Explosion site ‘released’ to Enbrige; ‘pigs’ used to inspect

Published 7:38 pm Friday, August 9, 2019

Enbridge Inc. has taken back over the gas line explosion site in Moreland from the National Transportation Safety Board, according to a company spokesperson. On Thursday, Aug. 1, the Texas Eastern Pipeline the company owns, running through the Indian Camp Road neighborhood, ruptured and caused a massive explosion, killing one person and sending several to the hospital.

The Pipeline and Hazardous Materials Safety Administration (PHMSA) issued a corrective action order (CAO) to Enbridge on Thursday, Aug. 8, according to company spokesperson Michael Barnes.

PHMSA is the regulator of all pipelines in the U.S Barnes said, and has a “broad range of requirements to make sure pipelines are safe.” The agency issues a CAO to every company that has a pipeline event, he explained.

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The CAO is a series of complicated steps that Enbridge will follow in order to make sure its pipelines in the area near the rupture and explosion site will be safe once the natural gas is allowed to run through them again.

“Enbridge takes these issues very seriously. We will address all the site-specific concerns identified by PHMSA and will be undertaking rigorous inspections on the pipelines in compliance with the CAO before returning the two pipelines to service,” Barnes said.

Barnes said he was not at liberty to say what the “site-specific concerns” were because the incident is still being investigated by the National Transportation Safety Board (NTSB). He was also not able to comment on or give any information as to how far up and down the pipelines the inspections will go.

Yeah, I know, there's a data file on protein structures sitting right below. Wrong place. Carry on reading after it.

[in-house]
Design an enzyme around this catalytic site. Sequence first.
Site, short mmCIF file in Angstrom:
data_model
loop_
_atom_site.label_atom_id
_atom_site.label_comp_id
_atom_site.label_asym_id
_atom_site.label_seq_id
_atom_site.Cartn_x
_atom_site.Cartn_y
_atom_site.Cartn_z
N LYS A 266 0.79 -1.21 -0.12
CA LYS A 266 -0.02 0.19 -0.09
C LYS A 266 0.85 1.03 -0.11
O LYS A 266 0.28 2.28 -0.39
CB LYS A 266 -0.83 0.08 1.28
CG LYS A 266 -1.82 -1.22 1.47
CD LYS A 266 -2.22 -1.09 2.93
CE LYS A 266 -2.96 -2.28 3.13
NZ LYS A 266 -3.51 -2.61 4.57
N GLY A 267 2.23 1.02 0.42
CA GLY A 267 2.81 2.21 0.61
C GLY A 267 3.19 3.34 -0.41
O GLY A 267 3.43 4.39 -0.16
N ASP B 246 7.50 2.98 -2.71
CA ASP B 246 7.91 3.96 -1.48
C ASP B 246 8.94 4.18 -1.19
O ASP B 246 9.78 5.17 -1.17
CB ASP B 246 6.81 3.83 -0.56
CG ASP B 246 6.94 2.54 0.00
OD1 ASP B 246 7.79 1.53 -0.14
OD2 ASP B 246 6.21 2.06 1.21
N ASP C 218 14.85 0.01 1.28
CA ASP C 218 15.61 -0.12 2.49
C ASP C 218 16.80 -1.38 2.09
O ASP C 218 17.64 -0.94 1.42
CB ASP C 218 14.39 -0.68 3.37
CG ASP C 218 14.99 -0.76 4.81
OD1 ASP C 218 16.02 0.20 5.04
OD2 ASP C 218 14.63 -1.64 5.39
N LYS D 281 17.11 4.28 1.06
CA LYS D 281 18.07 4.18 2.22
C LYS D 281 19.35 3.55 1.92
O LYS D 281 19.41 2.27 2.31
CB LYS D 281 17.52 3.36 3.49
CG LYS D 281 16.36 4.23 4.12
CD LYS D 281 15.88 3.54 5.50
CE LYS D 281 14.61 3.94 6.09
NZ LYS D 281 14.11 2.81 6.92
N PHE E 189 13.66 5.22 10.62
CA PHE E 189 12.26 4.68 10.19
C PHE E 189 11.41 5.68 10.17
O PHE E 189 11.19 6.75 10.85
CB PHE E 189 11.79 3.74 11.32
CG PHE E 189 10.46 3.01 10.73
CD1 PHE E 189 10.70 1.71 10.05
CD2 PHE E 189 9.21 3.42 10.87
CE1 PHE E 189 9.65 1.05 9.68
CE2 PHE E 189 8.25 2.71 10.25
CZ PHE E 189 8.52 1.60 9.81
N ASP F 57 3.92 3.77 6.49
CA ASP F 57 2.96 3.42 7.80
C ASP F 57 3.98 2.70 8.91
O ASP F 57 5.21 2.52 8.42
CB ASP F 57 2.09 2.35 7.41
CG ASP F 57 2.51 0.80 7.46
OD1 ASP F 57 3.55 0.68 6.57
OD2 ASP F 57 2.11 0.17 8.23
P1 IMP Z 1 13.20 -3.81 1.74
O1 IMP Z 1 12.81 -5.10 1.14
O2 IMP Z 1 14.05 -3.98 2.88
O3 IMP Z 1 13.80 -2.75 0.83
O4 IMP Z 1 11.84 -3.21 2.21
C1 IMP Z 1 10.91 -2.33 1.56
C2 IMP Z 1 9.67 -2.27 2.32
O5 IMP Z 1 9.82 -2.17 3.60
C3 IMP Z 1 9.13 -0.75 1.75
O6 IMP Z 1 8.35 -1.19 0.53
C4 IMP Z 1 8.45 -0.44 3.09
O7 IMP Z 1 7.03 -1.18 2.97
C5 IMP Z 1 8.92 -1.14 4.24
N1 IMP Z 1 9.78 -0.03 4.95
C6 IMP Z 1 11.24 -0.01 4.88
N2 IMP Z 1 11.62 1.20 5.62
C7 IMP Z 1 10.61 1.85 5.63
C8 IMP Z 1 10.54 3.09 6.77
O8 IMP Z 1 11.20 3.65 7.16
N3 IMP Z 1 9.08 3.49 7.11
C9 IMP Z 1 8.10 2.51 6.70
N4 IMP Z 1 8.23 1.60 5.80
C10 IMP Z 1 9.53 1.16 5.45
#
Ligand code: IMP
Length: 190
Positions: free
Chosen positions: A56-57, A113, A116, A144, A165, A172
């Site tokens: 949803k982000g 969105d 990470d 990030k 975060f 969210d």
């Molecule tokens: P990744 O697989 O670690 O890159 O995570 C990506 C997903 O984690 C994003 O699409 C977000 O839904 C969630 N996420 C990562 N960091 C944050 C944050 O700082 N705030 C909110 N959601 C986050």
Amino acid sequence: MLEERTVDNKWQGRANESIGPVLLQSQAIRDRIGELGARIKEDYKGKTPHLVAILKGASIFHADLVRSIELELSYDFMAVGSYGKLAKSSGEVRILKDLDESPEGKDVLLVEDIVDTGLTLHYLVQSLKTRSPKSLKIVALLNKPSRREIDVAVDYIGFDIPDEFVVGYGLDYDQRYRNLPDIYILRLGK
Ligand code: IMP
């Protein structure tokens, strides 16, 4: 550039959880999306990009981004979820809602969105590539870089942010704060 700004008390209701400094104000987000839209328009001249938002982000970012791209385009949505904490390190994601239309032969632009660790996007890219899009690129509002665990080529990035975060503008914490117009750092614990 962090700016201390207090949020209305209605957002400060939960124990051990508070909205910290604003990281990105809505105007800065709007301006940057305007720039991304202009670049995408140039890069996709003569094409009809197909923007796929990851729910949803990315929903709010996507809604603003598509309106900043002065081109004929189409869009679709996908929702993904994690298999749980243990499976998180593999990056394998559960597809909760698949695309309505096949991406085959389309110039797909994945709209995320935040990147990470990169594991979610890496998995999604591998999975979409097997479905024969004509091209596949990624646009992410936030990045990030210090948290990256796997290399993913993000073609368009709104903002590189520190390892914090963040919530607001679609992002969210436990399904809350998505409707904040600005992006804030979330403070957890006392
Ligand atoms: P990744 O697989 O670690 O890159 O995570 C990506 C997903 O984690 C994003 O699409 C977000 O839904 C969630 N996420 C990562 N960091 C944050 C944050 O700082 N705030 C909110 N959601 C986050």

The pipelines being inspected will not be returned to service until Enbridge satisfies regulatory requirements, Barnes said. “We have no have timelines on when that will occur.”

The ATMOS Energy system, which is the utility that supplies natural gas to its customers in Boyle and Lincoln counties, doesn’t rely on Enbridge to supply its product and is operating safely, according to ATMOS spokesperson Kay Coomes.

“We did not suffer any disruptions to our system or our customers’ services,” she said in an email on Friday.

NTSB returned control of the incident site to Enbridge about noon on Friday, Aug. 9. Enbridge is mobilizing work crews to the area to begin assessment work on the two natural gas pipelines adjacent to the impacted pipeline, Barnes said. There are several ways that Enbridge will be inspecting the pipelines. The process is called Inline Inspections, or ILI.

One way is using a large, high tech tool, called a “pig,” which is a large device to inspect the interiors of the pipelines. The pig is put inside a pipe at one of the above ground “pig launcher” sites. It can travel tens to hundreds of miles either electronically or by pressure, Barnes said, and is called a “pig run.”

Barnes said some pigs can be used to clean out the oil and gas and push the product through pipes. But in the case of the Indian Camp area pipes in Lincoln County, the pig will have a variety of high-tech sensors, including advanced imaging technology like Magnetic Resonance Imaging (MRI) or an ultrasound similar to what’s used in the medical industry, to scan the pipeline inch by inch to collect data from the interior sides of the pipes such as indentions, rust, dips or any other anomalies.

“It’s like a high definition MRI” of the interior, Barnes said, but it isn’t a camera.

Another inspection process will be a crew’s visual inspection where sections of the pipeline will be carefully exposed. They will look for rust and other suspect integrity aspects that could impact the pipe’s integrity, Barnes said.

Barnes said Enbridge has more than 100 people in the area who are  working on teams that “do a variety of things to assist in the investigation and with helping the displaced residents.”

“We will ensure all work activities are being done safely and respectfully to minimize disruptions to the surrounding community.”